“A little fire never hurt anything . . .” The lighter flicked on and off, taunting. “Besides, it’s just a stupid snake.”
“Snakes . . . have feelings too!”
“Hey, hey, hey.” Holding the snake with one hand, Brett nudged Joey’s arm. “You still got some Axe in that backpack?”
“Oh my god . . . please don’t.” Avery felt that sick feeling come roaring back as Joey smiled slyly and rummaged through his backpack, pulling out the black container, shaking it. She heard the liquid inside swooshing around to match the fluttering of her stomach.
“Chillax.” Joey uncapped the Axe, spraying some into the air to test it. Avery’s throat and nose burned with the piercing smell, and she felt like she couldn’t breathe. Constricted.
“But . . .”
“Animal cruelty.” Steph added, and Avery knew it was okay to be freaked out, because Steph never worried about anything. She had seen her fight a girl twice her size before, and when she brushed herself off and strutted off, Avery could have sworn she was the type who could kick an adorable puppy and walk away without a trace of guilt. But now Steph looked pale, her eyes wide.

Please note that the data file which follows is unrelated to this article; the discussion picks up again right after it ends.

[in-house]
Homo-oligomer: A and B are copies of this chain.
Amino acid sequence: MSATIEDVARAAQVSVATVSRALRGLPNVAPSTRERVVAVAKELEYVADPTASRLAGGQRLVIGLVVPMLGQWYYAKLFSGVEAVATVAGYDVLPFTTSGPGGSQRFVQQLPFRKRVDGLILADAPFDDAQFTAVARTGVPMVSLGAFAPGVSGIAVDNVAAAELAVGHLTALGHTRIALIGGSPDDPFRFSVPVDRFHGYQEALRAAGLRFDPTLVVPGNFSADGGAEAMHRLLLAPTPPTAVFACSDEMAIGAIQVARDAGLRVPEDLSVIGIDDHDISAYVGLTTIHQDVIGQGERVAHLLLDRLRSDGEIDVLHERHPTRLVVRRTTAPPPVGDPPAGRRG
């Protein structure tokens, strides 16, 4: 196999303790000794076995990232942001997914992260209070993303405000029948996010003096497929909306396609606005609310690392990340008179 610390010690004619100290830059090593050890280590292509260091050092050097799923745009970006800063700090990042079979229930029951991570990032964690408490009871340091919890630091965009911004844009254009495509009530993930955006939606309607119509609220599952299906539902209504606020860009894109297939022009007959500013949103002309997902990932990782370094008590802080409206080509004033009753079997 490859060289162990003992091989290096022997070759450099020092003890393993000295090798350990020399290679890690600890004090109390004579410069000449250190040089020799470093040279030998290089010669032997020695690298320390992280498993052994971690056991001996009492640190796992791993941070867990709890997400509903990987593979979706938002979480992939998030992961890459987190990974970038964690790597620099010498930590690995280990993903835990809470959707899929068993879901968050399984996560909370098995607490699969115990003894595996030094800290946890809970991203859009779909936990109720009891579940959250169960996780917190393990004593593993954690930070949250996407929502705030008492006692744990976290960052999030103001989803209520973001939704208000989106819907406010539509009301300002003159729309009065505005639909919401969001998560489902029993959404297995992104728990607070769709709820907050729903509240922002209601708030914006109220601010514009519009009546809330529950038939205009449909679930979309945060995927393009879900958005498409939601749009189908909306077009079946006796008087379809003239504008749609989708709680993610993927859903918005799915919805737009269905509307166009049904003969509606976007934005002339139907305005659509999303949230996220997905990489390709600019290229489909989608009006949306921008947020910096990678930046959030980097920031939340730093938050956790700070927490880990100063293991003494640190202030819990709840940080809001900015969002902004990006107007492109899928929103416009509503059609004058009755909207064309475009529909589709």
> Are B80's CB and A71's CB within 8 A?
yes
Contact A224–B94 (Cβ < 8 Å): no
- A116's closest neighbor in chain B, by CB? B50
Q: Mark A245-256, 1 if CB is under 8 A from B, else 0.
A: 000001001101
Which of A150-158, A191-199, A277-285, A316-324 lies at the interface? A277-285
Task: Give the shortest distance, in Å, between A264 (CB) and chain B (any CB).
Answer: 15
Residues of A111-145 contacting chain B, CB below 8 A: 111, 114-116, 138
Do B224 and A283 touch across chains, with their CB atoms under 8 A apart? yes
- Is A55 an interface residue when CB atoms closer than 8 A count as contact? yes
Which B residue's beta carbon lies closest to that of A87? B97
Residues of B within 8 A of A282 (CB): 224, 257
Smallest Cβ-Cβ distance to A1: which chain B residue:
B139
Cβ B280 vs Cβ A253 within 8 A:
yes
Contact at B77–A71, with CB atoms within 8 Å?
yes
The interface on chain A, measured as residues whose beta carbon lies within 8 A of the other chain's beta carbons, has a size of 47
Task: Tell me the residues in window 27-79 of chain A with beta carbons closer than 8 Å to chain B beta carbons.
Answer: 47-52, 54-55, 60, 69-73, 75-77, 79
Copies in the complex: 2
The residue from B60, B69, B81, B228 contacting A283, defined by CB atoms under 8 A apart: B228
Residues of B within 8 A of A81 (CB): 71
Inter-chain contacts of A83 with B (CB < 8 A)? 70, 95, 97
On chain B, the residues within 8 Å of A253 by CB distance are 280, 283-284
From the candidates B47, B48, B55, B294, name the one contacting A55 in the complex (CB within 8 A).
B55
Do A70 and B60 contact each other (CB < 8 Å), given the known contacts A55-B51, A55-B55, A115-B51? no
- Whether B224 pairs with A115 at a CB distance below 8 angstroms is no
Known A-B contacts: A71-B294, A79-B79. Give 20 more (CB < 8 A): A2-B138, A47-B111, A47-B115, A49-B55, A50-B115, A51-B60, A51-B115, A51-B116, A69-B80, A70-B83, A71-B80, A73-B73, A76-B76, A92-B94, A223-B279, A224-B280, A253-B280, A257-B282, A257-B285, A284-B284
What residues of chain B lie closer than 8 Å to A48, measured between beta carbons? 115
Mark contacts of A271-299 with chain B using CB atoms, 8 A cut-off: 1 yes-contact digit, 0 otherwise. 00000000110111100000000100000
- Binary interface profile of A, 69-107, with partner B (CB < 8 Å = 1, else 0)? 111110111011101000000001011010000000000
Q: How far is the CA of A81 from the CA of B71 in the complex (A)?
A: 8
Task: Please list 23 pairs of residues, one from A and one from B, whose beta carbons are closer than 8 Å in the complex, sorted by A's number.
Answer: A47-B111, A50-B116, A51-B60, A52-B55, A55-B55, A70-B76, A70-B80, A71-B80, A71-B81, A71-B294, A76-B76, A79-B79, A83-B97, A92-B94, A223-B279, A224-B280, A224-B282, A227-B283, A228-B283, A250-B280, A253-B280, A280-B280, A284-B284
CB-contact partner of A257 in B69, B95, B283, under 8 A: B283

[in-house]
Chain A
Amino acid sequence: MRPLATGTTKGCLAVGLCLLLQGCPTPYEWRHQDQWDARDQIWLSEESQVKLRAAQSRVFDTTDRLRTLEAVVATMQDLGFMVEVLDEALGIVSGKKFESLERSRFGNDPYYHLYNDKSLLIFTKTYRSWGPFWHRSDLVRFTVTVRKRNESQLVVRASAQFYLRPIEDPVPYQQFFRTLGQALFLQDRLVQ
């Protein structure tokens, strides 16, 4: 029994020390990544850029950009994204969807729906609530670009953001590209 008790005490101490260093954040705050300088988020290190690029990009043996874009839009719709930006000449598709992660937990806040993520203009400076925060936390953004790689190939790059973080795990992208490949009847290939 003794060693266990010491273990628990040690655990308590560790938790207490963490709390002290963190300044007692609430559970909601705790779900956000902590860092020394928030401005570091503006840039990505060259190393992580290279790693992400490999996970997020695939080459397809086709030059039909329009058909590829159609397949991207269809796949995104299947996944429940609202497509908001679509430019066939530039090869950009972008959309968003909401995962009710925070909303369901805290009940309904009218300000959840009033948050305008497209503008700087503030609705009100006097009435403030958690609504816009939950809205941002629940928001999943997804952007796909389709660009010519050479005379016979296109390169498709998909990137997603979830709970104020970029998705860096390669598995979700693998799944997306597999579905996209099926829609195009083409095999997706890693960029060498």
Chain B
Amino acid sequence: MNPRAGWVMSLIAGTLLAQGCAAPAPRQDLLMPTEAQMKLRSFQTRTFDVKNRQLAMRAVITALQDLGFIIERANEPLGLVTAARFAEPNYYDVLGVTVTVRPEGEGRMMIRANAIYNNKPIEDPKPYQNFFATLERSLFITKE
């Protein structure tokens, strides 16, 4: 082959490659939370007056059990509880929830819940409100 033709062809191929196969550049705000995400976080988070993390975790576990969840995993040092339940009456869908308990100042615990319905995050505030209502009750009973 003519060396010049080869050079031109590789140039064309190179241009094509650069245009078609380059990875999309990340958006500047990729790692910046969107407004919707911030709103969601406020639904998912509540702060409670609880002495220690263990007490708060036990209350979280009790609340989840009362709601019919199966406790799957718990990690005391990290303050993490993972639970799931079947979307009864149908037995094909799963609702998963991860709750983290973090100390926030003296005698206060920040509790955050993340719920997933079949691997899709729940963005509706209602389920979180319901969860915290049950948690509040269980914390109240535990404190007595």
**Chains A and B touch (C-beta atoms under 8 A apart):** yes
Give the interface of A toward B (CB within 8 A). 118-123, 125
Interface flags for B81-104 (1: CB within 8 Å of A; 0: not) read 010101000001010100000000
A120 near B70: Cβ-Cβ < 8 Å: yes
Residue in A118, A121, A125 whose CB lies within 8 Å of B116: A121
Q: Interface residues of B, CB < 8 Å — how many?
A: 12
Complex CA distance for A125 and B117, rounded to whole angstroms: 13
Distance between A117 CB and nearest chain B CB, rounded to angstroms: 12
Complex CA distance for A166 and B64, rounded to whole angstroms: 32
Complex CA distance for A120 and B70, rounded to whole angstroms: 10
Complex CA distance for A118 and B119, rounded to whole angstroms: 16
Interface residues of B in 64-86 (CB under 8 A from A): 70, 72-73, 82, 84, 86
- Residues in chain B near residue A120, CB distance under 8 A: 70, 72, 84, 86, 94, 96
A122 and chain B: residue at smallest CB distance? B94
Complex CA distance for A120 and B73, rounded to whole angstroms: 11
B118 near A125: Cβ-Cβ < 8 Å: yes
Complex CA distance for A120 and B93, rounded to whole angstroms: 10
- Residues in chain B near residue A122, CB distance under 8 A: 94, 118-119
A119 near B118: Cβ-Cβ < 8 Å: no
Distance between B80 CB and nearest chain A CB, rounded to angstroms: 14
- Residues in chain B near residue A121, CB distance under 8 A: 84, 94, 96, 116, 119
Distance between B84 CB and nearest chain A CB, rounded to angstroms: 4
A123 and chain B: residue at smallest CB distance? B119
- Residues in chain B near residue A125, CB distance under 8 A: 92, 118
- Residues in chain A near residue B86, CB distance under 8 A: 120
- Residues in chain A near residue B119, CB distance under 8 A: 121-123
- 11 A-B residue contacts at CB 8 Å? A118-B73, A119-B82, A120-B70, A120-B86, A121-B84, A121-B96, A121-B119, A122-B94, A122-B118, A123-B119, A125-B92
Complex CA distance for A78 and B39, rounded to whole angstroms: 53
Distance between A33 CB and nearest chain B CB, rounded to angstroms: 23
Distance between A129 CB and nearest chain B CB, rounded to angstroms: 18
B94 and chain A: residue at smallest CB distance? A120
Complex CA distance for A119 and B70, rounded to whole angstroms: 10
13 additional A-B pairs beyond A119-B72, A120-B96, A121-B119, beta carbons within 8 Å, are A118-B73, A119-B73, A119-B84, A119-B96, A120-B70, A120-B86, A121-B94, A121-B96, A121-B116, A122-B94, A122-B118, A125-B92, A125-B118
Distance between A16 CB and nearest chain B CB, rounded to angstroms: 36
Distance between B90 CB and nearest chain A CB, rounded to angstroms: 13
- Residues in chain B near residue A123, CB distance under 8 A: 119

“Snakes aren’t animals.”
Brett tossed the petrified snake to the ground, stepping on its tail so it couldn’t regain energy and slip away. Joey sprayed more thick cologne into the air, and across the snake’s back, so that the sleek skin glittered even more. He lifted the box of matches, poised to strike one against the side, start the spark.
“That’s so sick.” Steph shook her head with disappointment in the male race and turned away, still looking horrified.
“Kids who hurt animals end up hurting people later in life.” Avery blurted out, and Joey stopped striking the match, and the raw grating sound ceased as well, leaving the forest eerily silent for a long moment.
“I would never hurt you, Avery.” There was that sincerity in his voice again, like the look in his eyes when he said he never saw other girls the way he saw her. He promised he would never hurt her, but when he was about to light a helpless snake on fire, it was hard to be confident.
“I know.” She whispered past the stinging in her throat. She kept her eyes locked with his bloodshot ones, telling herself don’t look, don’t look.